I own a real estate management company, which gives me the esteemed pleasure of being a landlord of a multifamily house. As a landlord, I have the great joy of renovating apartments when tenants move out and finding new tenants who promise to abide by the sacred laws and tenets of the almighty residential lease. Recently I showed my vacant apartment to over 100 different families and I’ve had quite an experience! Three individuals were particularly notable from my numerous apartment tours. Let’s just call them Mr. Seal Ling, Jimothy and Gusto.
Mr. Seal Ling
Seal found my apartment listing online and offered to take the apartment without even stepping foot in the place. When I insisted that he view the apartment before committing himself in a landlord-tenant relationship with my company, he walked through the place and only inspected the ceilings. What was up there?? I don’t know what he saw, but he was very impressed by the condition of my ceilings. Unfortunately “Seal’s” application was denied due to current criminal legal proceedings. I can’t help but assume that his crime was connected to his fascination with ceilings.
Jimothy was the most nervous prospective tenant that I’ve ever met. He was very paranoid, which naturally made me equally paranoid. He walked into the apartment and immediately locked both locks on the front door and avoided standing near all windows. He then quickly walked through the entire apartment within 10 seconds and he nervously asked me the same question multiple times:
Jim: So, does the dishwasher come with the place?
Me: Yes, everything that’s here will stay here.
Jim: So, do the appliances come with the apartment?
Me: Yes, everything in the kitchen
Jim: Including the dishwasher?
Me: Yes, that includes the dishwasher
Jim: So you’re saying that the dishwasher comes with the apartment?
Jim: So you’re leaving the dishwasher in here for the tenant to use?
Me: Yes, everything in here stays in here
Jim: So the dishwasher stays?
I quickly tried to conjure the most accurate way to communicate that there will always be a dishwasher in the apartment, but I was unsuccessful in my attempts. After a few minutes of our question-answer banter, he quickly said bye and bolted out of the apartment. This was probably due to the fact that it lacked a dishwasher…or so he thought.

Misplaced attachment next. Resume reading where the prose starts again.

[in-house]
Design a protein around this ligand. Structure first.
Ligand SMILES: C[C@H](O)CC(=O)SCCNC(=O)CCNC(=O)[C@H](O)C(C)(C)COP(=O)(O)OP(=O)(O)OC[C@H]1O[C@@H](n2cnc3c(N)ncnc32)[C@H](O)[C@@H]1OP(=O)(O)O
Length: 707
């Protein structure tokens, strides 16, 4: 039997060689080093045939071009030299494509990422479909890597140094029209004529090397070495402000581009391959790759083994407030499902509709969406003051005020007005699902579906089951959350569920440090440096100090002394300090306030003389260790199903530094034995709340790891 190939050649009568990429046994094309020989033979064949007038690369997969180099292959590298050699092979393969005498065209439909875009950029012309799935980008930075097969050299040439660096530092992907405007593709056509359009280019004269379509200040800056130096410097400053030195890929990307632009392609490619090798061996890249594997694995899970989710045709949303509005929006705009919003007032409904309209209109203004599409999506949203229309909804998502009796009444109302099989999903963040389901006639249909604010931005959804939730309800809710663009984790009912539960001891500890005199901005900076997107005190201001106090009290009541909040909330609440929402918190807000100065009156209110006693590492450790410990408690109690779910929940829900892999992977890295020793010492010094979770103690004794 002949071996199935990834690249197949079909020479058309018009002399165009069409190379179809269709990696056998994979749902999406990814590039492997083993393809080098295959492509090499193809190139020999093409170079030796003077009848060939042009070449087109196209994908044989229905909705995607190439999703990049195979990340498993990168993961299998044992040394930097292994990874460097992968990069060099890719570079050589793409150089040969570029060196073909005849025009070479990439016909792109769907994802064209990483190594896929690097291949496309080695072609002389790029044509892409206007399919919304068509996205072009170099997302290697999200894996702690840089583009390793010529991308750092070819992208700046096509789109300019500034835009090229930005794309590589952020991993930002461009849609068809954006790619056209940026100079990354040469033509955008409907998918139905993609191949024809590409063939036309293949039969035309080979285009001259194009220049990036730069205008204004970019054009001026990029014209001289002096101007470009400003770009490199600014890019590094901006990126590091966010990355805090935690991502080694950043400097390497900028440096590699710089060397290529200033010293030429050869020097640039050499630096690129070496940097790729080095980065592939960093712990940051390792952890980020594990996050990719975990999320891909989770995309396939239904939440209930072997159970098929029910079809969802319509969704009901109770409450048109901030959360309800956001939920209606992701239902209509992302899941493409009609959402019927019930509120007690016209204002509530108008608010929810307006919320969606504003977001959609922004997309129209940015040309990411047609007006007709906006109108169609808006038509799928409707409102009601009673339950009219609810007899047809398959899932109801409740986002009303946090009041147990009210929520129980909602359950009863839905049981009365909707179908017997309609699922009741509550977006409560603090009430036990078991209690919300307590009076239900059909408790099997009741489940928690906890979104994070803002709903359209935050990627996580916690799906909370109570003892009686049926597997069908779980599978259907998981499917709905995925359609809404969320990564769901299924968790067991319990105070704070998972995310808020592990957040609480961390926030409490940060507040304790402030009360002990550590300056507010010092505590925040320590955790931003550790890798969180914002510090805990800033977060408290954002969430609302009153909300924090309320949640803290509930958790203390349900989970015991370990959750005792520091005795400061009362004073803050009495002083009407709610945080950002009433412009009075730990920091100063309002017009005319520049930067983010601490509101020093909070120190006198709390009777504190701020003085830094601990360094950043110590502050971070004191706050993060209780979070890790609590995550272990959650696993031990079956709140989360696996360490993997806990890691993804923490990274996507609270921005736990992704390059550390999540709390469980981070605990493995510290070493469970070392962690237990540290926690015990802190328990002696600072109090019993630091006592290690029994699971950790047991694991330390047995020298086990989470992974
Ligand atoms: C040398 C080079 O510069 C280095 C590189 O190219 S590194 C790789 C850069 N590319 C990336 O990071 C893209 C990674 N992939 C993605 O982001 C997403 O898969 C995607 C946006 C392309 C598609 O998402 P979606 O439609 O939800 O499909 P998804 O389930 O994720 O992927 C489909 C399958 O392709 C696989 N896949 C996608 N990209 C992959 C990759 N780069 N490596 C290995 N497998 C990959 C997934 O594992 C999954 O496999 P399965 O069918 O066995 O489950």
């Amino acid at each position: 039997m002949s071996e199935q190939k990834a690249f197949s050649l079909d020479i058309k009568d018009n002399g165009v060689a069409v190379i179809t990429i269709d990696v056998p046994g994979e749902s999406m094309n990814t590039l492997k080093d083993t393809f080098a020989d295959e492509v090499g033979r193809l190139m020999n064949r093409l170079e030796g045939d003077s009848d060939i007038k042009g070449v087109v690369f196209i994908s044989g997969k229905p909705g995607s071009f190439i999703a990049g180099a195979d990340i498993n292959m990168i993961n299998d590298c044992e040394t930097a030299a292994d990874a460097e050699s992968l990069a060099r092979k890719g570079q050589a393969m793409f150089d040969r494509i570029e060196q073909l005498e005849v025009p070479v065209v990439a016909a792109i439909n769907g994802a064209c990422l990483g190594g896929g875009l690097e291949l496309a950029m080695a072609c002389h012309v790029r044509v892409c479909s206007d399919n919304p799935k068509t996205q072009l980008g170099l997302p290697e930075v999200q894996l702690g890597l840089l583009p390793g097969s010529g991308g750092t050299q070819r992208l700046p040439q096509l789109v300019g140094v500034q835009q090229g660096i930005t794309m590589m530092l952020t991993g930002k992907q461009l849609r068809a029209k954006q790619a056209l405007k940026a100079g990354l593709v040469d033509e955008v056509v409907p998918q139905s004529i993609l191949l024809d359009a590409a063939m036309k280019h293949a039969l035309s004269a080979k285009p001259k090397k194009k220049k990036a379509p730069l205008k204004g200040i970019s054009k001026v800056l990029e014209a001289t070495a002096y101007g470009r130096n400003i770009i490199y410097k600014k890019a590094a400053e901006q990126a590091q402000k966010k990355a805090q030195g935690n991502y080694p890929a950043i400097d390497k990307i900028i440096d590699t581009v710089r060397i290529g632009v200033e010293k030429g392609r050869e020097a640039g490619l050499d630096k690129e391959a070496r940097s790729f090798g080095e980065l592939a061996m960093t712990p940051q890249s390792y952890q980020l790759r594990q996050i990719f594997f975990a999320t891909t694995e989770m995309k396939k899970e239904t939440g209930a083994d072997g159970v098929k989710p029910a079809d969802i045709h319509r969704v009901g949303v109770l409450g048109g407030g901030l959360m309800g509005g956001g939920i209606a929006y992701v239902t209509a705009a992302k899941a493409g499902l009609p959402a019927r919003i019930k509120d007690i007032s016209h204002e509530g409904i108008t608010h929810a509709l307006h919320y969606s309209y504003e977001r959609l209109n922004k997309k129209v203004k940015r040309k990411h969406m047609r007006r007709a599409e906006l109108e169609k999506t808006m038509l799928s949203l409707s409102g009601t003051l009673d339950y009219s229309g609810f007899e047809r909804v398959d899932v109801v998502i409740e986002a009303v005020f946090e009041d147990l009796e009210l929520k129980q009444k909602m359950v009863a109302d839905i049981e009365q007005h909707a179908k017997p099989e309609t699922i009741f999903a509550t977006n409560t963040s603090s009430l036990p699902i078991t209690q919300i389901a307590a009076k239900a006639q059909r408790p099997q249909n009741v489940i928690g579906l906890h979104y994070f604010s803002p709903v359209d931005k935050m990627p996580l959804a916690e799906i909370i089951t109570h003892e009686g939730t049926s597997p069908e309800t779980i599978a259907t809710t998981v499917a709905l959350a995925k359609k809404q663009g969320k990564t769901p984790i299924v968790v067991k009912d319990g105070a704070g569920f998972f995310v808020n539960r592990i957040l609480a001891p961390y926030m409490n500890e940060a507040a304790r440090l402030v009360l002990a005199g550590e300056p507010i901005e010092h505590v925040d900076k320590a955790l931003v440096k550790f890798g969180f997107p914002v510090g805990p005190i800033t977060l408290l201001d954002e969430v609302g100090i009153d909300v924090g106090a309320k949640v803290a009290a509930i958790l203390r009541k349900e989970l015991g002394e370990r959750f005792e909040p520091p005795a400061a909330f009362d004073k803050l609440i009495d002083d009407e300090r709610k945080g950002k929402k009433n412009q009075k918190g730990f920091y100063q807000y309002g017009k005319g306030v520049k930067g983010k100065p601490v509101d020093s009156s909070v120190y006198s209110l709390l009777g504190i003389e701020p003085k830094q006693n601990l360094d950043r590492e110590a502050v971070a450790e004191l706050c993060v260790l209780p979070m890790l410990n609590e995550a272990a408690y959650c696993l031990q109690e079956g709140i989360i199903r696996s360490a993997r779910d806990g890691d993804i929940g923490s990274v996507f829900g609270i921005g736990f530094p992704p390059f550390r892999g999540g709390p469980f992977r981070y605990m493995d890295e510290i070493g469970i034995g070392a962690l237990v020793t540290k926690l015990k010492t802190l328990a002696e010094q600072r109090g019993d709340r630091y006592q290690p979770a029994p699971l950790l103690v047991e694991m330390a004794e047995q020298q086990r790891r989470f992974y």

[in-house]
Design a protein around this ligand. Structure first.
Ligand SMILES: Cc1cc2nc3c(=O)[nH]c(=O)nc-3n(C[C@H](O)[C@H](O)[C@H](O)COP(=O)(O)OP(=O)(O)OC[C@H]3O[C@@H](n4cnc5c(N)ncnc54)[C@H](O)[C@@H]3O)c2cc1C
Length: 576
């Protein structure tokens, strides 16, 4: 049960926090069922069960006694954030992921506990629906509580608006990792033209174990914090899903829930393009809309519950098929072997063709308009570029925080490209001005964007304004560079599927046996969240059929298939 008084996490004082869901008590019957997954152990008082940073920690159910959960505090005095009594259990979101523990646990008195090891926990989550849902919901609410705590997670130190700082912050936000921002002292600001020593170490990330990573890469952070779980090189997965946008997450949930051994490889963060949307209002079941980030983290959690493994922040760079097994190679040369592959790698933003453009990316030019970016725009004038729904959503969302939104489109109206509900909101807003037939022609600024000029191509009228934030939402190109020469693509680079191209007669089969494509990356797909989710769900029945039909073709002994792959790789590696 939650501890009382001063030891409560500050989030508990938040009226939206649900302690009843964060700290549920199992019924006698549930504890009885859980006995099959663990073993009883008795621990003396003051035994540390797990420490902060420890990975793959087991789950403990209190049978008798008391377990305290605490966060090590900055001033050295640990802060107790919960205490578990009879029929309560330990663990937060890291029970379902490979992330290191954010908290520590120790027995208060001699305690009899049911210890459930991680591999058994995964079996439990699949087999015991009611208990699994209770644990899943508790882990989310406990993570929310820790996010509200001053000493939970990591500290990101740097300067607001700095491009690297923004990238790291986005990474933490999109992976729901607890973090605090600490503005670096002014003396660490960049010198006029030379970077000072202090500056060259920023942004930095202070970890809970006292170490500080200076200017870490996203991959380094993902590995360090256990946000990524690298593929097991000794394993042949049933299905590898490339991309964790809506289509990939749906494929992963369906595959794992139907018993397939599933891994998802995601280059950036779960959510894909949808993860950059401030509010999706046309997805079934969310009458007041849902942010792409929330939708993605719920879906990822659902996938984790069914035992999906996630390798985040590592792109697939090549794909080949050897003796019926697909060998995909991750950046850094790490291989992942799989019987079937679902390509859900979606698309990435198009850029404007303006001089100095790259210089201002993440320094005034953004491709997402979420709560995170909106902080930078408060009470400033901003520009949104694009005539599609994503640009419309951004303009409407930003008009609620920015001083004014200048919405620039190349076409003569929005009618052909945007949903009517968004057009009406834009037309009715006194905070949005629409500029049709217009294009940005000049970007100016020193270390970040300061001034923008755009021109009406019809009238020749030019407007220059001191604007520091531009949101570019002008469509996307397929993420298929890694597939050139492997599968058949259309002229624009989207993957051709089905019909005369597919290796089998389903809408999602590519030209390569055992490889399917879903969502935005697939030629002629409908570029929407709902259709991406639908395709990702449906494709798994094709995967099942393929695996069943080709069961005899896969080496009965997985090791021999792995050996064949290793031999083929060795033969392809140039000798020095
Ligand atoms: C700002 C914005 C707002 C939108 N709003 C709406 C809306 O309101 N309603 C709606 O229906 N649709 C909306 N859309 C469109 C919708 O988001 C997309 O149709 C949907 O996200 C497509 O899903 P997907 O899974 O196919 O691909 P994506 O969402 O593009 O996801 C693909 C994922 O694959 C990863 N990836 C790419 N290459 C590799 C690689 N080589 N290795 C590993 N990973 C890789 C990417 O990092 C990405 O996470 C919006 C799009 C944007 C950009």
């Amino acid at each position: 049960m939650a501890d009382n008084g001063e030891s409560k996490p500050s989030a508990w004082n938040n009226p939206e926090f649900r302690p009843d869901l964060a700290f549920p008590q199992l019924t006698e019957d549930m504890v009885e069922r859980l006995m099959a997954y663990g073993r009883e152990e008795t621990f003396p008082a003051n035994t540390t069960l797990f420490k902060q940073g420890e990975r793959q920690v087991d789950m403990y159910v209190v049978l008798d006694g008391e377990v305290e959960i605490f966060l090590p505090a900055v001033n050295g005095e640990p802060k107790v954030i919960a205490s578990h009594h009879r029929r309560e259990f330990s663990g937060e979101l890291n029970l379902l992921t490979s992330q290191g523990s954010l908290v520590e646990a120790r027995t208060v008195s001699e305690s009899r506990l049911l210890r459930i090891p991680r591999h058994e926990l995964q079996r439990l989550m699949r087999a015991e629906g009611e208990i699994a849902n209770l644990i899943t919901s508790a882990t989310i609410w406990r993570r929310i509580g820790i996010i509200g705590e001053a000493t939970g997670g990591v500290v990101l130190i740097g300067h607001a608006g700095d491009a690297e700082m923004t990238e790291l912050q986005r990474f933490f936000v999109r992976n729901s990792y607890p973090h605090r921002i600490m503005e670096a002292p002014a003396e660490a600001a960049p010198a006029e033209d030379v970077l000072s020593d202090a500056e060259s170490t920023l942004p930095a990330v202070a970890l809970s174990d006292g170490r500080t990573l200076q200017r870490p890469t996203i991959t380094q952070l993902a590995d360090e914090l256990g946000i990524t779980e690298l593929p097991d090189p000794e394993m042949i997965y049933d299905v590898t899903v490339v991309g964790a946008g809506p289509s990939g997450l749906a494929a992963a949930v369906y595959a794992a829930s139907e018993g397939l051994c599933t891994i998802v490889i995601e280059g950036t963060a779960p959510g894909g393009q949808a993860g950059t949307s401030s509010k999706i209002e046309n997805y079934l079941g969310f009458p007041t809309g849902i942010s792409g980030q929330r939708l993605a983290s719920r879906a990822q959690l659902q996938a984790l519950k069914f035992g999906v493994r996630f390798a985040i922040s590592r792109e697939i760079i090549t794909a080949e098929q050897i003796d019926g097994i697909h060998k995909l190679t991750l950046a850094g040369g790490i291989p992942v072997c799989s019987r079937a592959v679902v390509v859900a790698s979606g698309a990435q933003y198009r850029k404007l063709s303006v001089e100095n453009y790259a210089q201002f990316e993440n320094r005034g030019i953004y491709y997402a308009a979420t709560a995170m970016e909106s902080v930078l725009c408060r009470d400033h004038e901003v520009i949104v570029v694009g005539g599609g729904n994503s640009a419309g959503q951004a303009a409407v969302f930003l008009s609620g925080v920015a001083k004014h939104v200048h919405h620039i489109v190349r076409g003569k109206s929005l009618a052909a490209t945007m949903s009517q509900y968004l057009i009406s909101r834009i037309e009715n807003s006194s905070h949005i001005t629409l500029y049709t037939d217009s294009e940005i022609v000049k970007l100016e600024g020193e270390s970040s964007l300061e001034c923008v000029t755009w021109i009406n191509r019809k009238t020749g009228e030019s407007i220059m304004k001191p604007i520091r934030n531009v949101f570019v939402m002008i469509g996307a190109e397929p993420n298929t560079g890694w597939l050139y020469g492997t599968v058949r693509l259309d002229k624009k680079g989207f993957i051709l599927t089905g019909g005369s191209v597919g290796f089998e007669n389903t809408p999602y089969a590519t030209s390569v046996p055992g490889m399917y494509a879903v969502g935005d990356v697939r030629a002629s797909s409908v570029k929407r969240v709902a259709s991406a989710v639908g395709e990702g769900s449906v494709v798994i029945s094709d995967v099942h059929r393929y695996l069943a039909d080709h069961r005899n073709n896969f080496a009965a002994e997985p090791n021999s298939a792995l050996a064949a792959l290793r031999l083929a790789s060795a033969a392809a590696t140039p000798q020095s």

Mr. Gusto scheduled an apartment viewing because he wanted “a nice, quiet place where he can live with his family.” I believed that when he said “family” he was referring to his immediate family. I was wrong.
Gusto walked into the apartment with a lot of people behind him. He was looking for an apartment that would house his entire 17-person family, which created a problem for my three bedroom unit. As his sixteen family members entered the apartment, I felt like I was in the midst of an instant cocktail party of Spanish-speakers and I was the odd English-speaking one. After the family inspected every corner, ceiling and appliance in the apartment, he said “I’ll take it!” I immediately felt the desire to respond “uh, no you won’t” but instead I referred to the local zoning laws that prohibit this form of chaos from abiding in apartments. They seemed very disappointed and every single family member seemed to be near tears as they exited the apartment one-by-one. Sorry!
After months of reviewing applications and performing background checks, my company has finally entered into a contract with a nice small family who isn’t visibly obsessed with ceilings. I strongly hope that this will be a good, non-stressful experience where the ceilings remain intact, the dishwasher remains in the apartment and three hundred other extended family members do not move in!